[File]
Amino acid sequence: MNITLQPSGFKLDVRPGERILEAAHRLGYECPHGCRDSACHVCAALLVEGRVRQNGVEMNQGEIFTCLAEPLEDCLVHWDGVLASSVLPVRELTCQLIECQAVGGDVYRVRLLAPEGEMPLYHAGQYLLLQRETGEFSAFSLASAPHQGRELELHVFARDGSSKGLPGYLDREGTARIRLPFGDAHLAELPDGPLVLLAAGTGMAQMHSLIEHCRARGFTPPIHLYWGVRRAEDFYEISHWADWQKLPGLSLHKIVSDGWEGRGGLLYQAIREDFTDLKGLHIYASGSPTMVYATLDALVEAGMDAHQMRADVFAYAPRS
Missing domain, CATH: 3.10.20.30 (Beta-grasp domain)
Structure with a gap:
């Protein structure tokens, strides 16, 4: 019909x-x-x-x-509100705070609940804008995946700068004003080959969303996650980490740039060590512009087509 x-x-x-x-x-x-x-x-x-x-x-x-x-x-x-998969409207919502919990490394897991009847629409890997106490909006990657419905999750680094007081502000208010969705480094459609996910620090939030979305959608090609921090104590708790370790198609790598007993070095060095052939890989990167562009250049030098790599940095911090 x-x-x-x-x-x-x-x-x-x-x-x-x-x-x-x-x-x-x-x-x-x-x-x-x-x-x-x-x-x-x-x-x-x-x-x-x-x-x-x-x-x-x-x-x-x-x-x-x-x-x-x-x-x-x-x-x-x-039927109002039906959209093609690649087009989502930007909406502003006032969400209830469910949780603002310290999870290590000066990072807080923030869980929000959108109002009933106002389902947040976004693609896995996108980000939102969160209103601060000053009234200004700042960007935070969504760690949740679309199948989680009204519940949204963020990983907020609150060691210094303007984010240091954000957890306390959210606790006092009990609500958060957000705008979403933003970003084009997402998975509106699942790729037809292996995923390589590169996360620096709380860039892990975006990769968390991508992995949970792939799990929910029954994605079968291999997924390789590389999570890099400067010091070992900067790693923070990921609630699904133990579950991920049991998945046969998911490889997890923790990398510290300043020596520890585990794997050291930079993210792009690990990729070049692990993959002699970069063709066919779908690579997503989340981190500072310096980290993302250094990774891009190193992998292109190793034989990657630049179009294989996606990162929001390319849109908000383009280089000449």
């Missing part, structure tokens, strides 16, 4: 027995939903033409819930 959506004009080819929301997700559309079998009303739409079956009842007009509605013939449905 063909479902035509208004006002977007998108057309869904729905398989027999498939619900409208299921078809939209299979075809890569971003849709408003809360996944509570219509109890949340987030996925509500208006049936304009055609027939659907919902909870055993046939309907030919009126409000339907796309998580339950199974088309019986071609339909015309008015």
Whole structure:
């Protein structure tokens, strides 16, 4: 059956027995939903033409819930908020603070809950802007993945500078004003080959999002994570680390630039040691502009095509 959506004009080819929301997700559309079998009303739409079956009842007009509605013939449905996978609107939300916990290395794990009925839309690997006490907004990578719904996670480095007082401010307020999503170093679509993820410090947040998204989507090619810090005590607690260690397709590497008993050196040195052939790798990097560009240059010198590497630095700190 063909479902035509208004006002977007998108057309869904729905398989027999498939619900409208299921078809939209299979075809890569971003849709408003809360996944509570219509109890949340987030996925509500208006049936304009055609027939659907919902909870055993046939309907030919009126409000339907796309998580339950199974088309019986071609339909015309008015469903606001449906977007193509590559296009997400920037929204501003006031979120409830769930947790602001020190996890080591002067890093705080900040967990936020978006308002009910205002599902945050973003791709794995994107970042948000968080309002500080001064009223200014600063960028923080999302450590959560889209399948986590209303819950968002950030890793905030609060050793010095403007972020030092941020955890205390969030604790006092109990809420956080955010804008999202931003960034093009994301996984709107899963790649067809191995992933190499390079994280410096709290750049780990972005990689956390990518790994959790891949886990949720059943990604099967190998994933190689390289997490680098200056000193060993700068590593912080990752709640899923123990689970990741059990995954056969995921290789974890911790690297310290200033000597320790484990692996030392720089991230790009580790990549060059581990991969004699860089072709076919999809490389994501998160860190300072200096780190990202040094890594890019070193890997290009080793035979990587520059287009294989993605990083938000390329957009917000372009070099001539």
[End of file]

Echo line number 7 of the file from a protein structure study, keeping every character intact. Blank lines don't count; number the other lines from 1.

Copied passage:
């Protein structure tokens, strides 16, 4: 059956027995939903033409819930908020603070809950802007993945500078004003080959999002994570680390630039040691502009095509 959506004009080819929301997700559309079998009303739409079956009842007009509605013939449905996978609107939300916990290395794990009925839309690997006490907004990578719904996670480095007082401010307020999503170093679509993820410090947040998204989507090619810090005590607690260690397709590497008993050196040195052939790798990097560009240059010198590497630095700190 063909479902035509208004006002977007998108057309869904729905398989027999498939619900409208299921078809939209299979075809890569971003849709408003809360996944509570219509109890949340987030996925509500208006049936304009055609027939659907919902909870055993046939309907030919009126409000339907796309998580339950199974088309019986071609339909015309008015469903606001449906977007193509590559296009997400920037929204501003006031979120409830769930947790602001020190996890080591002067890093705080900040967990936020978006308002009910205002599902945050973003791709794995994107970042948000968080309002500080001064009223200014600063960028923080999302450590959560889209399948986590209303819950968002950030890793905030609060050793010095403007972020030092941020955890205390969030604790006092109990809420956080955010804008999202931003960034093009994301996984709107899963790649067809191995992933190499390079994280410096709290750049780990972005990689956390990518790994959790891949886990949720059943990604099967190998994933190689390289997490680098200056000193060993700068590593912080990752709640899923123990689970990741059990995954056969995921290789974890911790690297310290200033000597320790484990692996030392720089991230790009580790990549060059581990991969004699860089072709076919999809490389994501998160860190300072200096780190990202040094890594890019070193890997290009080793035979990587520059287009294989993605990083938000390329957009917000372009070099001539």